Of course, the most amazing feature of Saturn is its rings. These are made of particles of ice ranging in size from a grains of sand to the size of a car. Some scientists think the rings are only a few hundred million years old, while others think they could be as old as the Solar System itself.

Saturn has been visited by spacecraft 4 times: Pioneer 11, Voyager 1 and 2 were just flybys, but Cassini has actually gone into orbit around Saturn and has captured thousands of images of the planet and its moons.

And speaking of moons, Saturn has a total of 60 moons discovered (so far).

Uranus
Next comes Uranus, the 7th planet from the Sun. It orbits the Sun at an average distance of 2.9 billion km. Uranus measures 51,000 km across, and is the 3rd largest planet in the Solar System. While all of the planets are tilted on their axes, Uranus is tilted over almost on its side. It has an axial tilt of 98°. Uranus was the first planet to be discovered with a telescope; it was first recognized as a planet in 1781 by William Herschel.

Only one spacecraft, Voyager 2, has ever visited Uranus up close. It passed by the planet in 1986, and captured the first close images.

Uranus has 27 known moons.

Neptune
Neptune is the 8th and final planet in the Solar System, orbiting at an average distance of 4.5 billion km from the Sun. It’s the 4th largest planet, measuring about 49,000 km across. It might not be as big as Jupiter, but it’s still 3.8 times larger than Earth – you could fit 57 Earths inside Neptune. Neptune is the second planet discovered in modern times. It was discovered at the same time by both Urbain Le Verrier and John Couch Adams.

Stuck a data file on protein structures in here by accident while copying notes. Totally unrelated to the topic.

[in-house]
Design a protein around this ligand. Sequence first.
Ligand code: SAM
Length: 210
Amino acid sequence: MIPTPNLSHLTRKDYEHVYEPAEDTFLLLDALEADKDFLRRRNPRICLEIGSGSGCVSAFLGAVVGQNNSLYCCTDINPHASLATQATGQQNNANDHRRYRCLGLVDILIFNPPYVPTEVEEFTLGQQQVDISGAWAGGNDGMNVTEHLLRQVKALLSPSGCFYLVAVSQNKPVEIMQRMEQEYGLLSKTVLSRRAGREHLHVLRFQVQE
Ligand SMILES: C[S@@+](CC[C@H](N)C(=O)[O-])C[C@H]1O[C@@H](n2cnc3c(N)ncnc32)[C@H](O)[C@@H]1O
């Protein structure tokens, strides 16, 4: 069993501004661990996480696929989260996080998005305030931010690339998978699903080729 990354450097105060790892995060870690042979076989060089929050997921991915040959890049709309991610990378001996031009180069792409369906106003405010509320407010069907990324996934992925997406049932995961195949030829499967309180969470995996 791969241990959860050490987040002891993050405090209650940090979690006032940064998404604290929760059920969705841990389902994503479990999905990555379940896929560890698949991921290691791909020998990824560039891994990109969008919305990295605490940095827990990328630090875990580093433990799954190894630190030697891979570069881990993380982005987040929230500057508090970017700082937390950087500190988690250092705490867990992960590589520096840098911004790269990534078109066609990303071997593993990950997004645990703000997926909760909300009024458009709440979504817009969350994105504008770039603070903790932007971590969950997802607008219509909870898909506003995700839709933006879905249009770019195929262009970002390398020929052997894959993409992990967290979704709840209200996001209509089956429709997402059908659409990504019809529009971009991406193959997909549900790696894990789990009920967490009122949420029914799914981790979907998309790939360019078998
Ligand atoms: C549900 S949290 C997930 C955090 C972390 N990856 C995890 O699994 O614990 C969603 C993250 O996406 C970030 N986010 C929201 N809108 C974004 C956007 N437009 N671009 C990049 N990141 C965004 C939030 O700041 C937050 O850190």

Neptune has only ever been visited by one spacecraft, Voyager 2, which made a fly by in August, 1989.

Neptune has 13 known moons.

And those are the planets in the Solar System. Unfortunately, Pluto isn’t a planet any more.

If you’d like more information on the Solar System, visit the Nine Planets, and Solar Views.

We have recorded a whole series of podcasts about the Solar System at Astronomy Cast. Check them out here.

This completes our Solar System tour.

About 

Fraser Cain is the publisher of Universe Today. He's also the co-host of Astronomy Cast with Dr. Pamela Gay.